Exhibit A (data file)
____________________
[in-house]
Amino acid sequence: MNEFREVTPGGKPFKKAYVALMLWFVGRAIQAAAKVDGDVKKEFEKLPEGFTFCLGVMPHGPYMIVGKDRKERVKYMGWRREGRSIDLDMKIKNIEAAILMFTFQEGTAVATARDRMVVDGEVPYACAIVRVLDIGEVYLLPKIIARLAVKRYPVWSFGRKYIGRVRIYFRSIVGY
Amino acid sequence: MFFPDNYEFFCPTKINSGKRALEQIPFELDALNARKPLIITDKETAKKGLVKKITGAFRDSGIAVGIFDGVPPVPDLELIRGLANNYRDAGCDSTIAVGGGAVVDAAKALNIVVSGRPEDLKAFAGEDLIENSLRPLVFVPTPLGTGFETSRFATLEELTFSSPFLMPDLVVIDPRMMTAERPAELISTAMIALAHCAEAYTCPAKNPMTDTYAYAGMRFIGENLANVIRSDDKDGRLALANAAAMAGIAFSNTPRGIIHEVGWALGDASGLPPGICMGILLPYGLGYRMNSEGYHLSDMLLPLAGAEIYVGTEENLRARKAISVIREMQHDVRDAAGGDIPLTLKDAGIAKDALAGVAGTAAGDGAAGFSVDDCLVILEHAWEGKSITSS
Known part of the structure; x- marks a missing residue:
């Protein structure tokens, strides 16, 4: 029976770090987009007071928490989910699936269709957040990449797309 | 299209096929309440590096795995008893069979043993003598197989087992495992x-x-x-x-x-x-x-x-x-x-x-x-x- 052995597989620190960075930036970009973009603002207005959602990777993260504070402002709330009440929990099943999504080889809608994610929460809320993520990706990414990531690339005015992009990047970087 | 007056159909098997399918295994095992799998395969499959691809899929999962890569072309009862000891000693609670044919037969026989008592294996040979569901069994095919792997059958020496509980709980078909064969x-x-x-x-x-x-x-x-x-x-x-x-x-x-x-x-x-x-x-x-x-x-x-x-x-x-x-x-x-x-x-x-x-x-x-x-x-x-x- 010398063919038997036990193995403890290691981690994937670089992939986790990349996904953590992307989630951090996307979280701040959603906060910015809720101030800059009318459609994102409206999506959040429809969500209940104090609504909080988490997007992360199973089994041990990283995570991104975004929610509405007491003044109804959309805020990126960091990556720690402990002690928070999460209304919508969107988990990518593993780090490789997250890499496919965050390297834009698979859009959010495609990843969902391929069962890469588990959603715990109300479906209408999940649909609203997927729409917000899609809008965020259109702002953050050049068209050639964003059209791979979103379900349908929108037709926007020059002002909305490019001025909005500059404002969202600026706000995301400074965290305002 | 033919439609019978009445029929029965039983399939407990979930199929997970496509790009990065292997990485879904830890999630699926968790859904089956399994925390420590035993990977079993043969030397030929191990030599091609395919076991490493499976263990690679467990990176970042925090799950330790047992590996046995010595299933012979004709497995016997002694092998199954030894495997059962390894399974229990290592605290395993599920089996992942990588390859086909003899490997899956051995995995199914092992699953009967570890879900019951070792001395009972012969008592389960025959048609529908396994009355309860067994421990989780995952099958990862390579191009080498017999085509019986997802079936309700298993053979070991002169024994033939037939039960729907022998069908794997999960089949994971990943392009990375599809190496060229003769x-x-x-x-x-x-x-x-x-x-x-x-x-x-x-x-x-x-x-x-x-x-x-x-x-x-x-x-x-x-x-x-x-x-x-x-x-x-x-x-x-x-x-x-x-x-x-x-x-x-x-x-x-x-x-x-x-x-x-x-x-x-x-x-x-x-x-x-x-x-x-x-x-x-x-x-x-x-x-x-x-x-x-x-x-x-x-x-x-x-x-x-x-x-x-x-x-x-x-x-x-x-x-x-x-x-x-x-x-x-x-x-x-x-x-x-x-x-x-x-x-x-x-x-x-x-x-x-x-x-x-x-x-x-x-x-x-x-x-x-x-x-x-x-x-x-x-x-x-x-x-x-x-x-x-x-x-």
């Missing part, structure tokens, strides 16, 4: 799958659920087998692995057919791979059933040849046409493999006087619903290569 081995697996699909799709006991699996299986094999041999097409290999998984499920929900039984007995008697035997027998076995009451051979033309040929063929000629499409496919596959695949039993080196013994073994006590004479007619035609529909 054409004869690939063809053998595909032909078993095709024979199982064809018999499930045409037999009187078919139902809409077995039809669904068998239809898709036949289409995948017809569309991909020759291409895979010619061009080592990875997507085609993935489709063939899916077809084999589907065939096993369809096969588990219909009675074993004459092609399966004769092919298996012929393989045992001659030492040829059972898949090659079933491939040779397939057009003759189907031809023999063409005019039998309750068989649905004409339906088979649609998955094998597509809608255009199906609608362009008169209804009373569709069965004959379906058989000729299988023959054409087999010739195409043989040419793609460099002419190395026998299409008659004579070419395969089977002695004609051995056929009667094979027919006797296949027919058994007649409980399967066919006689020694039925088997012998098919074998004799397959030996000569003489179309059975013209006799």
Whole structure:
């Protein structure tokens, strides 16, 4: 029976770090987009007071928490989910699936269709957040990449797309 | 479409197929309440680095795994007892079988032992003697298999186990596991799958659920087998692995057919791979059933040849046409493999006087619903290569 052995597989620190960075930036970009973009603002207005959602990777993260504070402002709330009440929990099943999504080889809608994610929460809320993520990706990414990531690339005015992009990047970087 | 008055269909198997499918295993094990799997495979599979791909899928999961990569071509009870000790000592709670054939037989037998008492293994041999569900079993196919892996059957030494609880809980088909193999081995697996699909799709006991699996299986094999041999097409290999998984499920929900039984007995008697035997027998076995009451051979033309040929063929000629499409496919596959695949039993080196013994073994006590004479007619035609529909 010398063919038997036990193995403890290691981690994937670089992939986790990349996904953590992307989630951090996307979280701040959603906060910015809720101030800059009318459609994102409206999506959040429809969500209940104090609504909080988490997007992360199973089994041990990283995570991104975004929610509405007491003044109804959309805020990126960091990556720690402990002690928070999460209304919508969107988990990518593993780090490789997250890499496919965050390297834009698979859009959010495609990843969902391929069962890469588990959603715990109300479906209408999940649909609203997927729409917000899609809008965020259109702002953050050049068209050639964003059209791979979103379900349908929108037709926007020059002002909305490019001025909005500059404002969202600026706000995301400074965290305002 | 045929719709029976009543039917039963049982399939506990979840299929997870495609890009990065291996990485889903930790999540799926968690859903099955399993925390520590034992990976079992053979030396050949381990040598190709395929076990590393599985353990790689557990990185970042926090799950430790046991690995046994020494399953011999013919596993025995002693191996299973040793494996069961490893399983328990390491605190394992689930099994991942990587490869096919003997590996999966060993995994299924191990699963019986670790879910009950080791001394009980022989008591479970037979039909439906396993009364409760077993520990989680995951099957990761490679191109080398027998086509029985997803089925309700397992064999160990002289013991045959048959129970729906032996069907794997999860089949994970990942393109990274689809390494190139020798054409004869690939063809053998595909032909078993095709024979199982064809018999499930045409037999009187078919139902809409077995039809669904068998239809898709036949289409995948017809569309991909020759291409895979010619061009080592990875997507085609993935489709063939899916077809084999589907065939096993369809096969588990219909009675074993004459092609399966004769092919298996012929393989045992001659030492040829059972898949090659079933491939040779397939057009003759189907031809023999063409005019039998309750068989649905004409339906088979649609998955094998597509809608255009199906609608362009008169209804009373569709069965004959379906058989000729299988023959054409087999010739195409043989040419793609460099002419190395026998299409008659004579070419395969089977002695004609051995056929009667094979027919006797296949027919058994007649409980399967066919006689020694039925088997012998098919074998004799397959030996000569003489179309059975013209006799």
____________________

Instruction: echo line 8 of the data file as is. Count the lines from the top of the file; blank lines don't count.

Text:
């Protein structure tokens, strides 16, 4: 029976770090987009007071928490989910699936269709957040990449797309 | 479409197929309440680095795994007892079988032992003697298999186990596991799958659920087998692995057919791979059933040849046409493999006087619903290569 052995597989620190960075930036970009973009603002207005959602990777993260504070402002709330009440929990099943999504080889809608994610929460809320993520990706990414990531690339005015992009990047970087 | 008055269909198997499918295993094990799997495979599979791909899928999961990569071509009870000790000592709670054939037989037998008492293994041999569900079993196919892996059957030494609880809980088909193999081995697996699909799709006991699996299986094999041999097409290999998984499920929900039984007995008697035997027998076995009451051979033309040929063929000629499409496919596959695949039993080196013994073994006590004479007619035609529909 010398063919038997036990193995403890290691981690994937670089992939986790990349996904953590992307989630951090996307979280701040959603906060910015809720101030800059009318459609994102409206999506959040429809969500209940104090609504909080988490997007992360199973089994041990990283995570991104975004929610509405007491003044109804959309805020990126960091990556720690402990002690928070999460209304919508969107988990990518593993780090490789997250890499496919965050390297834009698979859009959010495609990843969902391929069962890469588990959603715990109300479906209408999940649909609203997927729409917000899609809008965020259109702002953050050049068209050639964003059209791979979103379900349908929108037709926007020059002002909305490019001025909005500059404002969202600026706000995301400074965290305002 | 045929719709029976009543039917039963049982399939506990979840299929997870495609890009990065291996990485889903930790999540799926968690859903099955399993925390520590034992990976079992053979030396050949381990040598190709395929076990590393599985353990790689557990990185970042926090799950430790046991690995046994020494399953011999013919596993025995002693191996299973040793494996069961490893399983328990390491605190394992689930099994991942990587490869096919003997590996999966060993995994299924191990699963019986670790879910009950080791001394009980022989008591479970037979039909439906396993009364409760077993520990989680995951099957990761490679191109080398027998086509029985997803089925309700397992064999160990002289013991045959048959129970729906032996069907794997999860089949994970990942393109990274689809390494190139020798054409004869690939063809053998595909032909078993095709024979199982064809018999499930045409037999009187078919139902809409077995039809669904068998239809898709036949289409995948017809569309991909020759291409895979010619061009080592990875997507085609993935489709063939899916077809084999589907065939096993369809096969588990219909009675074993004459092609399966004769092919298996012929393989045992001659030492040829059972898949090659079933491939040779397939057009003759189907031809023999063409005019039998309750068989649905004409339906088979649609998955094998597509809608255009199906609608362009008169209804009373569709069965004959379906058989000729299988023959054409087999010739195409043989040419793609460099002419190395026998299409008659004579070419395969089977002695004609051995056929009667094979027919006797296949027919058994007649409980399967066919006689020694039925088997012998098919074998004799397959030996000569003489179309059975013209006799």